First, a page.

The most famous quote of Martin Harris is the one used as proof that Joseph Smith used a stone in the hat. After moving to Utah and re-baptized, he says in a sermon:
He said that the Prophet possessed a seer stone, by which he was enabled to translate as well as from the Urim and Thummim, and for convenience he then used the then used the seer stone . . . Martin said that after continued translation they would become weary and would go down to the river and excercise in throwing stones out on the river, etc. While doing so on one occasion, Martin found a stone very much resembling the one used for translating, and on resuming their labors of translation Martin put in place the stone that he had found. He said that the Prophet remained silent unusually and intently gazing in darkness, no trace of the usual sentences appearing. Much surprised Joseph exclaimed: "Martin, What is the matter? All is as dark as Egypt." Martin's countenance betrayed him, and the Prophet asked Martin why he had done so. Martin said, to stop the fools, who had told him that the Prophet had learned those sentences and was merely repeating them, etc. (Deseret Evening News, December 13, 1881)
It seems strange that Joseph Smith would use such a common stone in translation when he had the God provided Urim and Thummim, or by another name Nephite Interpreters. There would be nothing more convenient than a Holy Item. Anything less would have to be, by definition, not Holy or sanctified. Besides, this goes against both Emma Smith and David Whitmer who said the stone was used after Martin Harris lost the 116 page manuscript. Also, it goes against everything that Martin Harris was quoted as describing in all his other accounts. He mentioned a seer stone in one other major interview, but he doesn’t connect it to the translation. The Urim and Thummin, even if discolored with streaks as is claimed in that interview, is the translation instrument. Here is actually the first time the stone is mentioned by him as a translation device.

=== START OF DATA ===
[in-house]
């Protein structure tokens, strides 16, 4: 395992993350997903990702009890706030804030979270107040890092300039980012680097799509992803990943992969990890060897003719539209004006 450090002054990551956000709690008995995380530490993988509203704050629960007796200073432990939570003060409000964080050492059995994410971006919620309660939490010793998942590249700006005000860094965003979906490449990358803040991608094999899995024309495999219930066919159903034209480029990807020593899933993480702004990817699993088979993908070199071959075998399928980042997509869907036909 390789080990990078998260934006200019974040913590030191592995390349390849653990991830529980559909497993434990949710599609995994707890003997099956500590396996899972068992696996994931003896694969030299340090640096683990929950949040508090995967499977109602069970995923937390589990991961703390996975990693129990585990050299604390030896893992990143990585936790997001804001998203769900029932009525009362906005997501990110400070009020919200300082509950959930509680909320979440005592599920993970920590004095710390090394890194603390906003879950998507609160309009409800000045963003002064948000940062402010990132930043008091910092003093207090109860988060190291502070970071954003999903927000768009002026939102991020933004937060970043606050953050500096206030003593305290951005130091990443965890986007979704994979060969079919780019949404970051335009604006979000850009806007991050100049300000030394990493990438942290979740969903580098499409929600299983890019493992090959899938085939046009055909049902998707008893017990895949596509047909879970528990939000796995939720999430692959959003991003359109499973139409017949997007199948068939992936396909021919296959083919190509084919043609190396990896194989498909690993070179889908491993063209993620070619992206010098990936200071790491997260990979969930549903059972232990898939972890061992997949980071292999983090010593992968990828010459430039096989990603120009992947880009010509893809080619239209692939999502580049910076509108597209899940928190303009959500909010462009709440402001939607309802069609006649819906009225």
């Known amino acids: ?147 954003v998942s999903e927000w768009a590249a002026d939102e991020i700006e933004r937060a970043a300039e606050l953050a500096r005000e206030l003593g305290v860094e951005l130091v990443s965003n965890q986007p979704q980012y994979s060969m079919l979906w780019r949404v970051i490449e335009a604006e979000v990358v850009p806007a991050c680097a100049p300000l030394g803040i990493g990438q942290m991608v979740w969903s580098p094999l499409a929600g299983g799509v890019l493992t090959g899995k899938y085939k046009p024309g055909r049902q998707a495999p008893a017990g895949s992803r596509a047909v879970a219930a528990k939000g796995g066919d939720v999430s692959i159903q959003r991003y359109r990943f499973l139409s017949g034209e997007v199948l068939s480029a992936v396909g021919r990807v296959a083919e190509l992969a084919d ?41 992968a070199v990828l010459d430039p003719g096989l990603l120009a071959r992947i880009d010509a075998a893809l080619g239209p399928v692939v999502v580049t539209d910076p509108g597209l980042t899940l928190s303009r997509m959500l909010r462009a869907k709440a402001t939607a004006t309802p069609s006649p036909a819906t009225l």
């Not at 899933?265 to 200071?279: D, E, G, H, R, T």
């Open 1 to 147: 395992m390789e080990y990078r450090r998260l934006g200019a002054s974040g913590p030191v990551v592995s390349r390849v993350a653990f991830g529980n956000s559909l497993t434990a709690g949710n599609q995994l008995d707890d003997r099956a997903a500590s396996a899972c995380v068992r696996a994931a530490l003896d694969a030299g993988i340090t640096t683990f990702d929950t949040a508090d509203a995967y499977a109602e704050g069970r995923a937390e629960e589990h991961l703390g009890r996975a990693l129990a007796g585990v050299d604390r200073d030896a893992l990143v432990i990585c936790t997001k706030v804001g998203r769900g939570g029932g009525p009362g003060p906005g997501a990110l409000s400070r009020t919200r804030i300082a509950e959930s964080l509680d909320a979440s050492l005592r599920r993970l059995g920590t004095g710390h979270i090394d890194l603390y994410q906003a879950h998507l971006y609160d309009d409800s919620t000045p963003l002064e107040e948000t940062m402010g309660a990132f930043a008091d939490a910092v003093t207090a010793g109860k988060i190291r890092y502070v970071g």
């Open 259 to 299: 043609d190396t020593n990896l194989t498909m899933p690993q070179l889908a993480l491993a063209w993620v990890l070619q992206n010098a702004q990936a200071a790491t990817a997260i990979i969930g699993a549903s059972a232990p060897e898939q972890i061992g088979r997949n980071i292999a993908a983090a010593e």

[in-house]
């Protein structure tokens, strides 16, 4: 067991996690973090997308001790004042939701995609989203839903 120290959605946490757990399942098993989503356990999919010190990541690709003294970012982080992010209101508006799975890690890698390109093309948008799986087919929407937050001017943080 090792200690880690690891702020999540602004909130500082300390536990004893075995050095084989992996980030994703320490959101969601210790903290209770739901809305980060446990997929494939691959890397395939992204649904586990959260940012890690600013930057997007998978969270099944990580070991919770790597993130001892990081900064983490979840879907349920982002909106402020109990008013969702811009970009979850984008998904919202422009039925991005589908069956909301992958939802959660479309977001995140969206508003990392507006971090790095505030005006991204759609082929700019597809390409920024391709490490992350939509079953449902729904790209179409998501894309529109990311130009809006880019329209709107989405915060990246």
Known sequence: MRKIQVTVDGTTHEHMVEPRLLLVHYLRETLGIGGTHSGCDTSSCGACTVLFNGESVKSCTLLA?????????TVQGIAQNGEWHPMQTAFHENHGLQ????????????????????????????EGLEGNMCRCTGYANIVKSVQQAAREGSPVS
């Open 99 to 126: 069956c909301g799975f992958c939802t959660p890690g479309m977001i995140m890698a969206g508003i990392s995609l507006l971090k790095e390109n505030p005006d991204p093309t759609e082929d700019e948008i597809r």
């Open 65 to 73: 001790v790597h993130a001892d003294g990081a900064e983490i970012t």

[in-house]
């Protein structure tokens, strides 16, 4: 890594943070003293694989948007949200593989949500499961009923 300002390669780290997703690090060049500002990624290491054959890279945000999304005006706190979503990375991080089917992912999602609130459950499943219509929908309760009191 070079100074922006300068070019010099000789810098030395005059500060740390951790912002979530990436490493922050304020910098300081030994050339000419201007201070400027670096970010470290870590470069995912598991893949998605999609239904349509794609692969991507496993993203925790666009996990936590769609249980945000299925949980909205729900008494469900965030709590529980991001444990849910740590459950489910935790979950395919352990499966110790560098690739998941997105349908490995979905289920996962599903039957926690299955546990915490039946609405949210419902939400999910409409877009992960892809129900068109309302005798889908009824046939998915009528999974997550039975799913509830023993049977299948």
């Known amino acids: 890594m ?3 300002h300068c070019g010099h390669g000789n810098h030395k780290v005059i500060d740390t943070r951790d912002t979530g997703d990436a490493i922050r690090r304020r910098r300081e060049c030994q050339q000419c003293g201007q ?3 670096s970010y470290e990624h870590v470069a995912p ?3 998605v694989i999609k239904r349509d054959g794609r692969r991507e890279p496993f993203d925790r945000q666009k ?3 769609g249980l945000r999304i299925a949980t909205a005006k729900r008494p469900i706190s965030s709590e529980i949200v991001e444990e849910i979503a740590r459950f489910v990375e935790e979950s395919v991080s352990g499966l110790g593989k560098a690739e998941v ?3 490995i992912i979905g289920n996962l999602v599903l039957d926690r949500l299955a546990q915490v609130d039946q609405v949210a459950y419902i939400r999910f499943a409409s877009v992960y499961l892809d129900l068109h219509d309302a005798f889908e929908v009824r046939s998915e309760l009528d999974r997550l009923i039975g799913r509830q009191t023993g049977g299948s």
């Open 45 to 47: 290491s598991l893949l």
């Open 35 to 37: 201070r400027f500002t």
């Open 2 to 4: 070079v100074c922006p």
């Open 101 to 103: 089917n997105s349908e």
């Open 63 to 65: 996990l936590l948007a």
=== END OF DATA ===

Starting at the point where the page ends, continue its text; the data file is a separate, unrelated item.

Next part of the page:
The event of the seer stone switch can still be true, but with some revision to the usual understanding. How much is memory and how much is embellishment cannot be fully known. He might have switched a stone with an assumed seer stone Joseph Smith had in his possession at this time. Martin Harris grabbed a similar looking stone and tested if that was what Joseph Smith used, instead of the claimed stones in the Spectacles. Recognizing almost immediately what Martin Harris had done, Joseph Smith went along with the trick. He acted as if something terrible had happened to ease Martin Harris’ curiosity. They had a good laugh and let the incident rest, at least until Martin Harris remembered it some forty years later. This continues the theme of Martin Harris’ longer interviews of giving evidence he wasn’t deceived. He might also have used this story to try and ease the relationship between the “Utah Church” he rejoined and his break-off friends in the East. It “conveniently” answers the question if the Urim and Thummim or the seer stone was used in the translation by saying both whenever Joseph Smith wanted.